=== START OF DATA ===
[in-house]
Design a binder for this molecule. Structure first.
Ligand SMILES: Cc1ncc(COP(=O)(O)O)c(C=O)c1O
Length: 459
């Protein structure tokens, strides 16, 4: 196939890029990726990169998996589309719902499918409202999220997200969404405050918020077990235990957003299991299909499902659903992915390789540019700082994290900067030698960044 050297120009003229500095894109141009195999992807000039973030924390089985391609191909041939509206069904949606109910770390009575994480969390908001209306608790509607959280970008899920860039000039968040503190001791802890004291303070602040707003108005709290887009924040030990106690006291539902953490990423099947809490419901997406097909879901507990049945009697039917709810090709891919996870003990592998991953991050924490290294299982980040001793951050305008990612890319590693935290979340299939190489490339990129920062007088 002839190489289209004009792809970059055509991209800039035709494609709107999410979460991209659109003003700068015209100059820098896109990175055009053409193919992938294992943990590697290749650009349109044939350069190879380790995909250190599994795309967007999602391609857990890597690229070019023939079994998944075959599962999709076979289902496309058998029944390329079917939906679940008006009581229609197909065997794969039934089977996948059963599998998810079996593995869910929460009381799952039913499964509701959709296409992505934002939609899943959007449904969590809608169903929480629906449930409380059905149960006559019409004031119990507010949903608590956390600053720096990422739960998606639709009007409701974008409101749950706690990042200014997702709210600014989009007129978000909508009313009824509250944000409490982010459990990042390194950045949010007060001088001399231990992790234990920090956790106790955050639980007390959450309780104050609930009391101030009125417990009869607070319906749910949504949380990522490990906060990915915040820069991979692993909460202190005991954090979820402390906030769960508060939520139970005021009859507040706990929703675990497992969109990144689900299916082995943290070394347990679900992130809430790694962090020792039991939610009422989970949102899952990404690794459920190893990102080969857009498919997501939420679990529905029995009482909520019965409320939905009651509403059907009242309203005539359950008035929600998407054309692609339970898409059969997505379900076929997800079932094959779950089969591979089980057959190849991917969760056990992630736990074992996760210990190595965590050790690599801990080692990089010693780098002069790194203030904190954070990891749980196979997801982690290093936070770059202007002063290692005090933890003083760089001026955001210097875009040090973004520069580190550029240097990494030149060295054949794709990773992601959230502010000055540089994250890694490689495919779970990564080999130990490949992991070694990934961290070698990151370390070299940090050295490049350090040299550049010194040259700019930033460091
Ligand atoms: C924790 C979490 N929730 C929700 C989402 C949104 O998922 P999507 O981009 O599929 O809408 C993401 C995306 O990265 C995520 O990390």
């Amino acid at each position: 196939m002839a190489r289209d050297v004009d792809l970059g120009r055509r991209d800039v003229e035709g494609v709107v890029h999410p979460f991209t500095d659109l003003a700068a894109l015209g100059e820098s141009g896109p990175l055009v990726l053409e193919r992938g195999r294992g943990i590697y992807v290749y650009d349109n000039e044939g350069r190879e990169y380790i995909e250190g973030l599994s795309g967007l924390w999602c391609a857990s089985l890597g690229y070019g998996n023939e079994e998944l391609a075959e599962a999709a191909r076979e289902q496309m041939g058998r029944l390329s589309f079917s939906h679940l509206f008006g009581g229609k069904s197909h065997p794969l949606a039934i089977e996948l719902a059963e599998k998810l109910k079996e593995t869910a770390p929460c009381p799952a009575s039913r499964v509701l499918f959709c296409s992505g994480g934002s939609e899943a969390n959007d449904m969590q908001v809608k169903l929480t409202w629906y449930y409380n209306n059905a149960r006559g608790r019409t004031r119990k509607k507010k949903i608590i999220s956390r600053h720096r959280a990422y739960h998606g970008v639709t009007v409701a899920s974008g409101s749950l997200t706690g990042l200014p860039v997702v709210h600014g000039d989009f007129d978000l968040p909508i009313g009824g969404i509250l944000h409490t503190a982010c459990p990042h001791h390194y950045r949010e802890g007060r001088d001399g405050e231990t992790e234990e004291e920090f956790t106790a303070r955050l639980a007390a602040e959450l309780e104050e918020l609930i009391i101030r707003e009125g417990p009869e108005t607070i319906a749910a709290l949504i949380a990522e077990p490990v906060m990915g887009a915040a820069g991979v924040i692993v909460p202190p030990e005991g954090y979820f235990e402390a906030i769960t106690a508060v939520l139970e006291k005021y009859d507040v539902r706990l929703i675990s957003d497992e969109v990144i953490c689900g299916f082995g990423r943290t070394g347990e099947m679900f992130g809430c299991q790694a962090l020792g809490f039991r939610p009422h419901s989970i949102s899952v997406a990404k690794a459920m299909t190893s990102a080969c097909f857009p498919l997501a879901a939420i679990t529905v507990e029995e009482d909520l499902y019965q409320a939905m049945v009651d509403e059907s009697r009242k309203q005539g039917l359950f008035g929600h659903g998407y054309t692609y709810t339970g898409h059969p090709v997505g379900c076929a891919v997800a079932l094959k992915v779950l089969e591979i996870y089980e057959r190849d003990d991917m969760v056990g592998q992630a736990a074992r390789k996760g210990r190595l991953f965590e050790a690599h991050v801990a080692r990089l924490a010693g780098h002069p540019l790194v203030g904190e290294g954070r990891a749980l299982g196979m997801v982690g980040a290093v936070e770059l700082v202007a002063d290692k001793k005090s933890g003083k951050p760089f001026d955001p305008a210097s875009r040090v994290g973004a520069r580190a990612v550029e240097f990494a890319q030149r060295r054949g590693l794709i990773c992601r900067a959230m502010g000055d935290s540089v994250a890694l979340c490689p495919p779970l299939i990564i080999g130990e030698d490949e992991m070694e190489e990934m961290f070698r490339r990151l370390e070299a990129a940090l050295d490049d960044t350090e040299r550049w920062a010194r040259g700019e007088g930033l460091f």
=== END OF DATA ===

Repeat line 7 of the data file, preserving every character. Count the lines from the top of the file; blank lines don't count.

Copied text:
């Amino acid at each position: 196939m002839a190489r289209d050297v004009d792809l970059g120009r055509r991209d800039v003229e035709g494609v709107v890029h999410p979460f991209t500095d659109l003003a700068a894109l015209g100059e820098s141009g896109p990175l055009v990726l053409e193919r992938g195999r294992g943990i590697y992807v290749y650009d349109n000039e044939g350069r190879e990169y380790i995909e250190g973030l599994s795309g967007l924390w999602c391609a857990s089985l890597g690229y070019g998996n023939e079994e998944l391609a075959e599962a999709a191909r076979e289902q496309m041939g058998r029944l390329s589309f079917s939906h679940l509206f008006g009581g229609k069904s197909h065997p794969l949606a039934i089977e996948l719902a059963e599998k998810l109910k079996e593995t869910a770390p929460c009381p799952a009575s039913r499964v509701l499918f959709c296409s992505g994480g934002s939609e899943a969390n959007d449904m969590q908001v809608k169903l929480t409202w629906y449930y409380n209306n059905a149960r006559g608790r019409t004031r119990k509607k507010k949903i608590i999220s956390r600053h720096r959280a990422y739960h998606g970008v639709t009007v409701a899920s974008g409101s749950l997200t706690g990042l200014p860039v997702v709210h600014g000039d989009f007129d978000l968040p909508i009313g009824g969404i509250l944000h409490t503190a982010c459990p990042h001791h390194y950045r949010e802890g007060r001088d001399g405050e231990t992790e234990e004291e920090f956790t106790a303070r955050l639980a007390a602040e959450l309780e104050e918020l609930i009391i101030r707003e009125g417990p009869e108005t607070i319906a749910a709290l949504i949380a990522e077990p490990v906060m990915g887009a915040a820069g991979v924040i692993v909460p202190p030990e005991g954090y979820f235990e402390a906030i769960t106690a508060v939520l139970e006291k005021y009859d507040v539902r706990l929703i675990s957003d497992e969109v990144i953490c689900g299916f082995g990423r943290t070394g347990e099947m679900f992130g809430c299991q790694a962090l020792g809490f039991r939610p009422h419901s989970i949102s899952v997406a990404k690794a459920m299909t190893s990102a080969c097909f857009p498919l997501a879901a939420i679990t529905v507990e029995e009482d909520l499902y019965q409320a939905m049945v009651d509403e059907s009697r009242k309203q005539g039917l359950f008035g929600h659903g998407y054309t692609y709810t339970g898409h059969p090709v997505g379900c076929a891919v997800a079932l094959k992915v779950l089969e591979i996870y089980e057959r190849d003990d991917m969760v056990g592998q992630a736990a074992r390789k996760g210990r190595l991953f965590e050790a690599h991050v801990a080692r990089l924490a010693g780098h002069p540019l790194v203030g904190e290294g954070r990891a749980l299982g196979m997801v982690g980040a290093v936070e770059l700082v202007a002063d290692k001793k005090s933890g003083k951050p760089f001026d955001p305008a210097s875009r040090v994290g973004a520069r580190a990612v550029e240097f990494a890319q030149r060295r054949g590693l794709i990773c992601r900067a959230m502010g000055d935290s540089v994250a890694l979340c490689p495919p779970l299939i990564i080999g130990e030698d490949e992991m070694e190489e990934m961290f070698r490339r990151l370390e070299a990129a940090l050295d490049d960044t350090e040299r550049w920062a010194r040259g700019e007088g930033l460091f």